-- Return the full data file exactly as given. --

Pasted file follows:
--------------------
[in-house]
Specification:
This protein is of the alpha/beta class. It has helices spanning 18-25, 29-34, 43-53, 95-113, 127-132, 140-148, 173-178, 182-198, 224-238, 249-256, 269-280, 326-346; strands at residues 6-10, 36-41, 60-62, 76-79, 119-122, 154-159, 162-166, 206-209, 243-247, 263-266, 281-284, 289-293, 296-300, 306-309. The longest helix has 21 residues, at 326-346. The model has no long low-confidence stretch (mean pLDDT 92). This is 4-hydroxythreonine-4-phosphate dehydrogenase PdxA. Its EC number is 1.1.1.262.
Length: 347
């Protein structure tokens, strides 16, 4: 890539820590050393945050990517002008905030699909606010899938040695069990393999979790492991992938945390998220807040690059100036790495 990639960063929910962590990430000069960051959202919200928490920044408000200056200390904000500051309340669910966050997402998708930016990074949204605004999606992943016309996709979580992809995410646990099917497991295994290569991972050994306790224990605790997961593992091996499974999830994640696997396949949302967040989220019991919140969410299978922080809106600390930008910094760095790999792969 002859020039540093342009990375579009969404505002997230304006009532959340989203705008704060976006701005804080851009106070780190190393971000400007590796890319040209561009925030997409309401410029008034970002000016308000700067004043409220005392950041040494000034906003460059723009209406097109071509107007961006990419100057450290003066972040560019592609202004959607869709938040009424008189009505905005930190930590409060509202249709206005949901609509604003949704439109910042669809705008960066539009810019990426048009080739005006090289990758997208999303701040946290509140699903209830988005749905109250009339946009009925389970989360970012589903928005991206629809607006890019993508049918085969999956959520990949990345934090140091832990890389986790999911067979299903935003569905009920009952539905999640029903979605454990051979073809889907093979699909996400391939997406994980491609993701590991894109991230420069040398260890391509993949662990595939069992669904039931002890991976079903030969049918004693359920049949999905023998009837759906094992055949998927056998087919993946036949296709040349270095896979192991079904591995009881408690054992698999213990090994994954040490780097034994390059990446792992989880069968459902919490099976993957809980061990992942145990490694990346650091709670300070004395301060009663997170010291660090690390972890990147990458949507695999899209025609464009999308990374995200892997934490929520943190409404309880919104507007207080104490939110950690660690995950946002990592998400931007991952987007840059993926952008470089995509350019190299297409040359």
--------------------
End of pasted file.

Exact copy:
[in-house]
Specification:
This protein is of the alpha/beta class. It has helices spanning 18-25, 29-34, 43-53, 95-113, 127-132, 140-148, 173-178, 182-198, 224-238, 249-256, 269-280, 326-346; strands at residues 6-10, 36-41, 60-62, 76-79, 119-122, 154-159, 162-166, 206-209, 243-247, 263-266, 281-284, 289-293, 296-300, 306-309. The longest helix has 21 residues, at 326-346. The model has no long low-confidence stretch (mean pLDDT 92). This is 4-hydroxythreonine-4-phosphate dehydrogenase PdxA. Its EC number is 1.1.1.262.
Length: 347
């Protein structure tokens, strides 16, 4: 890539820590050393945050990517002008905030699909606010899938040695069990393999979790492991992938945390998220807040690059100036790495 990639960063929910962590990430000069960051959202919200928490920044408000200056200390904000500051309340669910966050997402998708930016990074949204605004999606992943016309996709979580992809995410646990099917497991295994290569991972050994306790224990605790997961593992091996499974999830994640696997396949949302967040989220019991919140969410299978922080809106600390930008910094760095790999792969 002859020039540093342009990375579009969404505002997230304006009532959340989203705008704060976006701005804080851009106070780190190393971000400007590796890319040209561009925030997409309401410029008034970002000016308000700067004043409220005392950041040494000034906003460059723009209406097109071509107007961006990419100057450290003066972040560019592609202004959607869709938040009424008189009505905005930190930590409060509202249709206005949901609509604003949704439109910042669809705008960066539009810019990426048009080739005006090289990758997208999303701040946290509140699903209830988005749905109250009339946009009925389970989360970012589903928005991206629809607006890019993508049918085969999956959520990949990345934090140091832990890389986790999911067979299903935003569905009920009952539905999640029903979605454990051979073809889907093979699909996400391939997406994980491609993701590991894109991230420069040398260890391509993949662990595939069992669904039931002890991976079903030969049918004693359920049949999905023998009837759906094992055949998927056998087919993946036949296709040349270095896979192991079904591995009881408690054992698999213990090994994954040490780097034994390059990446792992989880069968459902919490099976993957809980061990992942145990490694990346650091709670300070004395301060009663997170010291660090690390972890990147990458949507695999899209025609464009999308990374995200892997934490929520943190409404309880919104507007207080104490939110950690660690995950946002990592998400931007991952987007840059993926952008470089995509350019190299297409040359």